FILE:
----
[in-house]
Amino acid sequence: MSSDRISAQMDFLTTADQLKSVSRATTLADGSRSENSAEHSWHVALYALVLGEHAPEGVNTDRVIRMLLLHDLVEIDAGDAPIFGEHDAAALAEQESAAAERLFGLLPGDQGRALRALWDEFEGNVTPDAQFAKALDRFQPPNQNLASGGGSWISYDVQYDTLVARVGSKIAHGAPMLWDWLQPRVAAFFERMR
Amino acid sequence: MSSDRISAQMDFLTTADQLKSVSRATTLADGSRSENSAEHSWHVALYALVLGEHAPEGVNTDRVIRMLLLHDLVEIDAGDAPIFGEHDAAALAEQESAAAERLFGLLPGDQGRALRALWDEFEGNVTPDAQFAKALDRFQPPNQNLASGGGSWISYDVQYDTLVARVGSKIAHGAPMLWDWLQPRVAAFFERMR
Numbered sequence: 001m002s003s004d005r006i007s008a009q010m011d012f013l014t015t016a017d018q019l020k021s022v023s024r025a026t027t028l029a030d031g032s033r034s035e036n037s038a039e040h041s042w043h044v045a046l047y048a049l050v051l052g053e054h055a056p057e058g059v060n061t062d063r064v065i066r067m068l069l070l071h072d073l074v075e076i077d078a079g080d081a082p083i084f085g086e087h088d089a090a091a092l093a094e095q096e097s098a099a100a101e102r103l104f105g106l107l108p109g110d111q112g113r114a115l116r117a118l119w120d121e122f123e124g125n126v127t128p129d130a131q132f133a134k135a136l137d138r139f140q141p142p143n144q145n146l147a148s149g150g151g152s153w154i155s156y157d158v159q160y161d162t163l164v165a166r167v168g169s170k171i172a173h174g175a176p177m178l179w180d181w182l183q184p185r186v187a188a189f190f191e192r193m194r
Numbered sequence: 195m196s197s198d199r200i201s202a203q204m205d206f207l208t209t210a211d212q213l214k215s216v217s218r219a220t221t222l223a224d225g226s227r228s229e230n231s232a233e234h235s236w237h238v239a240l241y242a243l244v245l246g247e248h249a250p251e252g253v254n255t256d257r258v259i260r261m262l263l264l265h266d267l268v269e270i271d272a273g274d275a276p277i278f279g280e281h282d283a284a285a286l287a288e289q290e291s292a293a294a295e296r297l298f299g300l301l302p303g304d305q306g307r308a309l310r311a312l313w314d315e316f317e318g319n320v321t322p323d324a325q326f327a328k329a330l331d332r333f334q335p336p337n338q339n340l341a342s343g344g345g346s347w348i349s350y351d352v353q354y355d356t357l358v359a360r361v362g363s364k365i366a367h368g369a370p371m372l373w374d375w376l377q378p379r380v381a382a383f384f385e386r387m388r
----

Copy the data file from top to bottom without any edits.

[in-house]
Amino acid sequence: MSSDRISAQMDFLTTADQLKSVSRATTLADGSRSENSAEHSWHVALYALVLGEHAPEGVNTDRVIRMLLLHDLVEIDAGDAPIFGEHDAAALAEQESAAAERLFGLLPGDQGRALRALWDEFEGNVTPDAQFAKALDRFQPPNQNLASGGGSWISYDVQYDTLVARVGSKIAHGAPMLWDWLQPRVAAFFERMR
Amino acid sequence: MSSDRISAQMDFLTTADQLKSVSRATTLADGSRSENSAEHSWHVALYALVLGEHAPEGVNTDRVIRMLLLHDLVEIDAGDAPIFGEHDAAALAEQESAAAERLFGLLPGDQGRALRALWDEFEGNVTPDAQFAKALDRFQPPNQNLASGGGSWISYDVQYDTLVARVGSKIAHGAPMLWDWLQPRVAAFFERMR
Numbered sequence: 001m002s003s004d005r006i007s008a009q010m011d012f013l014t015t016a017d018q019l020k021s022v023s024r025a026t027t028l029a030d031g032s033r034s035e036n037s038a039e040h041s042w043h044v045a046l047y048a049l050v051l052g053e054h055a056p057e058g059v060n061t062d063r064v065i066r067m068l069l070l071h072d073l074v075e076i077d078a079g080d081a082p083i084f085g086e087h088d089a090a091a092l093a094e095q096e097s098a099a100a101e102r103l104f105g106l107l108p109g110d111q112g113r114a115l116r117a118l119w120d121e122f123e124g125n126v127t128p129d130a131q132f133a134k135a136l137d138r139f140q141p142p143n144q145n146l147a148s149g150g151g152s153w154i155s156y157d158v159q160y161d162t163l164v165a166r167v168g169s170k171i172a173h174g175a176p177m178l179w180d181w182l183q184p185r186v187a188a189f190f191e192r193m194r
Numbered sequence: 195m196s197s198d199r200i201s202a203q204m205d206f207l208t209t210a211d212q213l214k215s216v217s218r219a220t221t222l223a224d225g226s227r228s229e230n231s232a233e234h235s236w237h238v239a240l241y242a243l244v245l246g247e248h249a250p251e252g253v254n255t256d257r258v259i260r261m262l263l264l265h266d267l268v269e270i271d272a273g274d275a276p277i278f279g280e281h282d283a284a285a286l287a288e289q290e291s292a293a294a295e296r297l298f299g300l301l302p303g304d305q306g307r308a309l310r311a312l313w314d315e316f317e318g319n320v321t322p323d324a325q326f327a328k329a330l331d332r333f334q335p336p337n338q339n340l341a342s343g344g345g346s347w348i349s350y351d352v353q354y355d356t357l358v359a360r361v362g363s364k365i366a367h368g369a370p371m372l373w374d375w376l377q378p379r380v381a382a383f384f385e386r387m388r